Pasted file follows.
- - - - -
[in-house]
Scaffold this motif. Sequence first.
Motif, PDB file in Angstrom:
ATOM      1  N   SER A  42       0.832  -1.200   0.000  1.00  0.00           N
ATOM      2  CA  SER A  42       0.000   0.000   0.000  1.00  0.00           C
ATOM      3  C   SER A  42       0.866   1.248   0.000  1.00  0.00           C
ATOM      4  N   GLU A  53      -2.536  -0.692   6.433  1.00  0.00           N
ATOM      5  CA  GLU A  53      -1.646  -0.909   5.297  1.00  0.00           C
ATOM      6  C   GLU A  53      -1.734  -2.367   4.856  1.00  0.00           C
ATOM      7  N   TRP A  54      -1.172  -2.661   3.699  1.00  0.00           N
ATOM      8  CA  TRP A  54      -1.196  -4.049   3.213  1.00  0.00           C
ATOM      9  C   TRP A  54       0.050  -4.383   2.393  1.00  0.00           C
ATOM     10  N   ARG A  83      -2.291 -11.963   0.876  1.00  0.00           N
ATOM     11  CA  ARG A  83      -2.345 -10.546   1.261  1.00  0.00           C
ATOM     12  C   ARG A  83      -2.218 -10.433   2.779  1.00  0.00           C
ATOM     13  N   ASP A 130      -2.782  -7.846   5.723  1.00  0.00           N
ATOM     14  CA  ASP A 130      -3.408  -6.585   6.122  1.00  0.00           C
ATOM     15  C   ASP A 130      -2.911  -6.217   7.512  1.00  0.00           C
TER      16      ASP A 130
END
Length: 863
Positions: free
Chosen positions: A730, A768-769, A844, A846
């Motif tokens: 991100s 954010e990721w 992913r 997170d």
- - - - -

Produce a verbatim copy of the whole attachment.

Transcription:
[in-house]
Scaffold this motif. Sequence first.
Motif, PDB file in Angstrom:
ATOM      1  N   SER A  42       0.832  -1.200   0.000  1.00  0.00           N
ATOM      2  CA  SER A  42       0.000   0.000   0.000  1.00  0.00           C
ATOM      3  C   SER A  42       0.866   1.248   0.000  1.00  0.00           C
ATOM      4  N   GLU A  53      -2.536  -0.692   6.433  1.00  0.00           N
ATOM      5  CA  GLU A  53      -1.646  -0.909   5.297  1.00  0.00           C
ATOM      6  C   GLU A  53      -1.734  -2.367   4.856  1.00  0.00           C
ATOM      7  N   TRP A  54      -1.172  -2.661   3.699  1.00  0.00           N
ATOM      8  CA  TRP A  54      -1.196  -4.049   3.213  1.00  0.00           C
ATOM      9  C   TRP A  54       0.050  -4.383   2.393  1.00  0.00           C
ATOM     10  N   ARG A  83      -2.291 -11.963   0.876  1.00  0.00           N
ATOM     11  CA  ARG A  83      -2.345 -10.546   1.261  1.00  0.00           C
ATOM     12  C   ARG A  83      -2.218 -10.433   2.779  1.00  0.00           C
ATOM     13  N   ASP A 130      -2.782  -7.846   5.723  1.00  0.00           N
ATOM     14  CA  ASP A 130      -3.408  -6.585   6.122  1.00  0.00           C
ATOM     15  C   ASP A 130      -2.911  -6.217   7.512  1.00  0.00           C
TER      16      ASP A 130
END
Length: 863
Positions: free
Chosen positions: A730, A768-769, A844, A846
């Motif tokens: 991100s 954010e990721w 992913r 997170d």